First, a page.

Thursday, February 22, 2018

Lucky Certainly Was

Lucky, shortly after she joined our hilltop menagerie.

Lucky today.  She's grown a little, but not too much.

Living in the country, several miles from any town, we see the occasional pet that gets abandoned along our road. Lucky was one of the drop-off dogs.

A few months ago, our hired man came roaring up the drive on our neighbor's quad.  Working for the neighbor that day, he saw his dogs attacking a small black dog.  He yelled at the bigger dogs, then grabbed up this frightened little dog.

She didn't appear to be badly injured, though she did have a canine tooth hole in her back right leg.  He handed the dog to my wife. "Can you take care of this little one.  The neighbor's dogs attacked her. I had to get her out of there."

My wife, Sharon, is a Registered Nurse.  Her occupation has been taking care of sick and injured people, so caring for a small frightened dog was certainly something she knew how to do.

We put the shivering little dog in our kennel to contain her, and so our dogs wouldn't frighten her, though we were sure they wouldn't hurt her.

The next day she visited our vet. We learned the wound on her leg wasn't at all serious, and she didn't have a chip so there was no way to tell where she came from.  The vet said she was two or three years old, and in good health.

It was soon apparent we had expanded out hilltop by one more. She was a gentle and loving dog, and fit into the family easily. We decided an appropriate name should be Lucky, for she had the tremendous good fortune to land in our kennel. We didn't know just how lucky she really was though.

As she became acclimated to our hilltop, she began eating well and gaining weight. One day, after having been gone a few days, I was startled to see the size of Lucky's tummy. "Sharon, you've gotta stop feeding this little dog so well.  She's getting huge."

Uh oh, that's puppies, not from good meals.  Back to the vet for a pregnancy test, then an x-ray to see how many fetus there were.  This tiny dog had eight babies, and they seemed to be growing at a prodigious rate.

We had to assume Lucky had been bred by a large dog. Knowing there was a difficult, if not impossible delivery in the offing, she'd been dumped along our road by her original owners.  It wasn't medically practical to let her carry them to term, nor to let her deliver them, so she was quickly spayed.

Today, Lucky has joined our hilltop, giving Tinker Bell our chihuahua, and Beau our aging boxer, company.  Tinker and Lucky love to chase the rabbits and squirrels.  But Lucky is amazingly fast.  We're pretty sure she is at least part Jack Russell Terrier.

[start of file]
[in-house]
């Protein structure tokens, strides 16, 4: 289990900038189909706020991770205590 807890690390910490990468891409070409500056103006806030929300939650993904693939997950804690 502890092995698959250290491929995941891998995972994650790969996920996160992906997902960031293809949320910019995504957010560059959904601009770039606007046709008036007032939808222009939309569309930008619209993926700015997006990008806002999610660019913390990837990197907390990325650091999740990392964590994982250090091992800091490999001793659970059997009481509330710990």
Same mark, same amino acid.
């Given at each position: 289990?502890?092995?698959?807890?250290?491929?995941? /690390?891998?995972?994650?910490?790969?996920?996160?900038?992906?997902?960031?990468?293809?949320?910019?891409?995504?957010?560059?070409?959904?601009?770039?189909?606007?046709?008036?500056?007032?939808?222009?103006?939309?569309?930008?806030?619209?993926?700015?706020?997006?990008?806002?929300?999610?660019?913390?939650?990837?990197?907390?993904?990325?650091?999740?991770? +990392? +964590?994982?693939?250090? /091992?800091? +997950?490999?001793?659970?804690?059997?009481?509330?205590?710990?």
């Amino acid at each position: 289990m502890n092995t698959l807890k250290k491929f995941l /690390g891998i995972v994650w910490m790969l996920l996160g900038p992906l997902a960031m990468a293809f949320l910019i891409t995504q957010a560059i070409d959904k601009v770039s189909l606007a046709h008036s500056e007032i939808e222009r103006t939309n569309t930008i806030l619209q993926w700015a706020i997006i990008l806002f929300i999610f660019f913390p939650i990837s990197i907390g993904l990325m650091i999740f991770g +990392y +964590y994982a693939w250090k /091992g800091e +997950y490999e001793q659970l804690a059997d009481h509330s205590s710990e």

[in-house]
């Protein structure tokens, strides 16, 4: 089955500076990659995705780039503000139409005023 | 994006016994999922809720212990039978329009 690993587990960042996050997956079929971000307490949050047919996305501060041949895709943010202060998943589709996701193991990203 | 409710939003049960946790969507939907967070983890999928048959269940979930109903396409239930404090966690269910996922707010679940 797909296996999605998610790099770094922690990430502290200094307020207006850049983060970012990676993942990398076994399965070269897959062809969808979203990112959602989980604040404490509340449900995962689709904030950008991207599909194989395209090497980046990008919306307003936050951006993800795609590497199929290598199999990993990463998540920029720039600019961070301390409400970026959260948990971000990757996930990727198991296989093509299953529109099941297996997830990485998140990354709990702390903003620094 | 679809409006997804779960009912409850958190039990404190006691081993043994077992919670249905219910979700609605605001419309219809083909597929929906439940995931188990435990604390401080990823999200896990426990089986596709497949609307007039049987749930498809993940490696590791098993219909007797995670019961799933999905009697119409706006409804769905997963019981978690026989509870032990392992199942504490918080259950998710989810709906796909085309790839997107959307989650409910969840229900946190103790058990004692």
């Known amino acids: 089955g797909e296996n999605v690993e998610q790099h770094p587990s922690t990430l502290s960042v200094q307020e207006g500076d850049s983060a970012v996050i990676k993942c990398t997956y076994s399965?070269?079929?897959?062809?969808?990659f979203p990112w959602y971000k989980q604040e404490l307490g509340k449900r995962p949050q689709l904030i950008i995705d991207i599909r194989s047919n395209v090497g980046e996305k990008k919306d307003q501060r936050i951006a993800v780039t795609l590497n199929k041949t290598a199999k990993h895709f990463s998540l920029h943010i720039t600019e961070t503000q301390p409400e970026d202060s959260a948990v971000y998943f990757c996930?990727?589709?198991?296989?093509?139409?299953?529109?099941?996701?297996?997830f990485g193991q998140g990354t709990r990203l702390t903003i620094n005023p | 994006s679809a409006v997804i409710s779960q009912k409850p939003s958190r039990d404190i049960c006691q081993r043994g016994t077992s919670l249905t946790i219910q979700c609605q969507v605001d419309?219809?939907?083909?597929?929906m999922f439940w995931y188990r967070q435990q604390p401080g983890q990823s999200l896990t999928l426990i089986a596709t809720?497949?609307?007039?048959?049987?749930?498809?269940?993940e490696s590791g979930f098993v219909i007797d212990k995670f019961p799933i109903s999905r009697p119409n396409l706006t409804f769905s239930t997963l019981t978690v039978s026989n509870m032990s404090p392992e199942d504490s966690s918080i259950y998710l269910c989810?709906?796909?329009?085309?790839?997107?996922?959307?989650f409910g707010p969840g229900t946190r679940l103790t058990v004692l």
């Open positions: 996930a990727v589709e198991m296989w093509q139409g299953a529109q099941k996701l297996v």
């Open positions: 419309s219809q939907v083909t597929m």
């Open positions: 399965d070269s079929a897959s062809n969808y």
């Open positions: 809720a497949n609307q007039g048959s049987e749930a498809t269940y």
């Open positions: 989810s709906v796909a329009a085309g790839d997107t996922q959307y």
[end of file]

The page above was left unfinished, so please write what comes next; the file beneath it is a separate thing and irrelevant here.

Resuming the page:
And of course, Tinker and Lucky sleep on the bed with us, burrowing under the covers for comfort.  Beau crawls up there some nights, but usually sleeps on a pad in front of the closet.

Somehow, Lucky doesn't seem quite sufficient, but Unbelievably Fortunate doesn't fit on a name tag well.

Monday, February 19, 2018

The Hummingbirds of the Hilltop

A few of the six feeders hanging on my front porch. Each one holds one quart of fluid.  I long ago ceased putting color into the sugar-water. It did no good, went straight through the birds, and ended up on the cement on the porch.
Several years ago, my wife Sharon and I began feeding the hummingbird population residing around our hilltop.  At first it was only a few birds who entertained us with their feeding.  That was soon to change, as the number of hungry hummers kept increasing.

Over the years we've expanded to having six of these one-quart feeders hanging on the front porch.  When they birds come shortly after dawn, and again just before dusk, the air around the feeders is absolutely filled with the tiny birds.

Each feeder has six small holes through which the birds stick their beaks, and then run their tongues into the liquid. At maximum feeding time it is usual to see twelve birds on the bottom of each feeder, two at each hole.  They take turns sipping and gathering their nourishment.  Surrounding every feeder is a cloud of additional birds trying to find a spot to sit down and eat.

With six feeders, each with twelve birds eating, there are at least 72 birds eating there.  But when you add in another five or six birds hovering nearby, the number of birds feeding on our porch quickly approaches 100.  Of course, getting a firm count is impossible because they are constantly on the move, so the best I can do is an estimation.

Not a huge bunch of birds, but quite a few.  There appear to be roughly six or seven hummers at each feeder and there are a total of six feeders.
The sound of that many birds, wings flapping at a rapid rate, makes a humming, buzzing sound that is quite spectacular. I've actually had birds fly into my face, coming close enough to feel the air move, when I take down feeders at maximum feeding times.  I've never had one bump me, but have felt the air from their wings many times.

We buy granulated sugar in 25 pound bags, for we store hummer juice in six one-gallon plastic jugs,  If Sharon helps me I can fill all six hanging feeders in 10 minutes, and on the days I have to resupply the plastic jugs, it takes at least another 20 minutes.

But, all the time, effort, and even the money, are worth it when we can watch the amazing birds out the kitchen and family room windows.